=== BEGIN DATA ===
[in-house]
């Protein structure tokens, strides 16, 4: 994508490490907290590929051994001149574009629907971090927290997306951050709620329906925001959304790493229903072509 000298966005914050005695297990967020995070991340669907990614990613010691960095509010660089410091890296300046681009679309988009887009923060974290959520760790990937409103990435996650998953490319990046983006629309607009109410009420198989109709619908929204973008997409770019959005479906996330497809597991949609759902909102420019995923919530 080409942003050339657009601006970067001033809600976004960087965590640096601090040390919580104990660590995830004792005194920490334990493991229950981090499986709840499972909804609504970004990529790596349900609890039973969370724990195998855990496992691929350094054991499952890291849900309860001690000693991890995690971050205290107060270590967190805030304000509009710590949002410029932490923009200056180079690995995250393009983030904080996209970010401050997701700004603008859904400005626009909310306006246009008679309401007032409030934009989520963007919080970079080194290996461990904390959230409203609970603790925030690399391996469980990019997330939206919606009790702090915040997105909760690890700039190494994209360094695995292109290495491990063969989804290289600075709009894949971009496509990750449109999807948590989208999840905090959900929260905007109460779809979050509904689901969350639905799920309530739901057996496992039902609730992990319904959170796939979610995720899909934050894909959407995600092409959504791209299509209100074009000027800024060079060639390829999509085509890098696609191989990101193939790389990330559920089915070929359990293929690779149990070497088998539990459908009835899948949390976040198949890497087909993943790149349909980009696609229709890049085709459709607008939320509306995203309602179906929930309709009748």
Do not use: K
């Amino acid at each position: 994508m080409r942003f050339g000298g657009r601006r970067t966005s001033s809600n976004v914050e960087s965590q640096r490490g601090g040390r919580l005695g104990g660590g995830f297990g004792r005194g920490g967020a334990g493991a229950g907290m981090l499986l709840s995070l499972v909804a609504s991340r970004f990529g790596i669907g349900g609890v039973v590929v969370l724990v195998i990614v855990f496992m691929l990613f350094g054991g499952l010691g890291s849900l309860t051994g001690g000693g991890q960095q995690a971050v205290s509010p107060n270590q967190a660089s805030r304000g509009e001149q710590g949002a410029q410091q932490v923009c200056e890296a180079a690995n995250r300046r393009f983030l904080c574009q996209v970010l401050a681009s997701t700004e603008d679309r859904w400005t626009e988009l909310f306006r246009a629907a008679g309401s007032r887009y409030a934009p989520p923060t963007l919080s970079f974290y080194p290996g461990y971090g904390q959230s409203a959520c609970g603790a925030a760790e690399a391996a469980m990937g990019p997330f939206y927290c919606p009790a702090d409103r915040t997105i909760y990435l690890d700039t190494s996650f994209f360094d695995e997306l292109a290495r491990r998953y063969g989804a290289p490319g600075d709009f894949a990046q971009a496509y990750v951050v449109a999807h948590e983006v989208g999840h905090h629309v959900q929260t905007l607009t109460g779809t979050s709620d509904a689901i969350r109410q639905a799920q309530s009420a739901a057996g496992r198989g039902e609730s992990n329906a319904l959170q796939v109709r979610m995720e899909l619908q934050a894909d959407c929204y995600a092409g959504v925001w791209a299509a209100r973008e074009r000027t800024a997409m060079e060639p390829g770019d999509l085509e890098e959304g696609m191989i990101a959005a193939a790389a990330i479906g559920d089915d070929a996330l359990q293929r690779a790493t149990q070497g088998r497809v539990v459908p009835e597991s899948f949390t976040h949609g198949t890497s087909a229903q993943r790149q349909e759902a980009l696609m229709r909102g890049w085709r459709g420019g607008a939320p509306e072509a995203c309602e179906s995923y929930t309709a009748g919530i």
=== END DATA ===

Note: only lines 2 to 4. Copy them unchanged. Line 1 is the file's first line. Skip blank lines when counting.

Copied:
């Protein structure tokens, strides 16, 4: 994508490490907290590929051994001149574009629907971090927290997306951050709620329906925001959304790493229903072509 000298966005914050005695297990967020995070991340669907990614990613010691960095509010660089410091890296300046681009679309988009887009923060974290959520760790990937409103990435996650998953490319990046983006629309607009109410009420198989109709619908929204973008997409770019959005479906996330497809597991949609759902909102420019995923919530 080409942003050339657009601006970067001033809600976004960087965590640096601090040390919580104990660590995830004792005194920490334990493991229950981090499986709840499972909804609504970004990529790596349900609890039973969370724990195998855990496992691929350094054991499952890291849900309860001690000693991890995690971050205290107060270590967190805030304000509009710590949002410029932490923009200056180079690995995250393009983030904080996209970010401050997701700004603008859904400005626009909310306006246009008679309401007032409030934009989520963007919080970079080194290996461990904390959230409203609970603790925030690399391996469980990019997330939206919606009790702090915040997105909760690890700039190494994209360094695995292109290495491990063969989804290289600075709009894949971009496509990750449109999807948590989208999840905090959900929260905007109460779809979050509904689901969350639905799920309530739901057996496992039902609730992990319904959170796939979610995720899909934050894909959407995600092409959504791209299509209100074009000027800024060079060639390829999509085509890098696609191989990101193939790389990330559920089915070929359990293929690779149990070497088998539990459908009835899948949390976040198949890497087909993943790149349909980009696609229709890049085709459709607008939320509306995203309602179906929930309709009748």
Do not use: K
């Amino acid at each position: 994508m080409r942003f050339g000298g657009r601006r970067t966005s001033s809600n976004v914050e960087s965590q640096r490490g601090g040390r919580l005695g104990g660590g995830f297990g004792r005194g920490g967020a334990g493991a229950g907290m981090l499986l709840s995070l499972v909804a609504s991340r970004f990529g790596i669907g349900g609890v039973v590929v969370l724990v195998i990614v855990f496992m691929l990613f350094g054991g499952l010691g890291s849900l309860t051994g001690g000693g991890q960095q995690a971050v205290s509010p107060n270590q967190a660089s805030r304000g509009e001149q710590g949002a410029q410091q932490v923009c200056e890296a180079a690995n995250r300046r393009f983030l904080c574009q996209v970010l401050a681009s997701t700004e603008d679309r859904w400005t626009e988009l909310f306006r246009a629907a008679g309401s007032r887009y409030a934009p989520p923060t963007l919080s970079f974290y080194p290996g461990y971090g904390q959230s409203a959520c609970g603790a925030a760790e690399a391996a469980m990937g990019p997330f939206y927290c919606p009790a702090d409103r915040t997105i909760y990435l690890d700039t190494s996650f994209f360094d695995e997306l292109a290495r491990r998953y063969g989804a290289p490319g600075d709009f894949a990046q971009a496509y990750v951050v449109a999807h948590e983006v989208g999840h905090h629309v959900q929260t905007l607009t109460g779809t979050s709620d509904a689901i969350r109410q639905a799920q309530s009420a739901a057996g496992r198989g039902e609730s992990n329906a319904l959170q796939v109709r979610m995720e899909l619908q934050a894909d959407c929204y995600a092409g959504v925001w791209a299509a209100r973008e074009r000027t800024a997409m060079e060639p390829g770019d999509l085509e890098e959304g696609m191989i990101a959005a193939a790389a990330i479906g559920d089915d070929a996330l359990q293929r690779a790493t149990q070497g088998r497809v539990v459908p009835e597991s899948f949390t976040h949609g198949t890497s087909a229903q993943r790149q349909e759902a980009l696609m229709r909102g890049w085709r459709g420019g607008a939320p509306e072509a995203c309602e179906s995923y929930t309709a009748g919530i």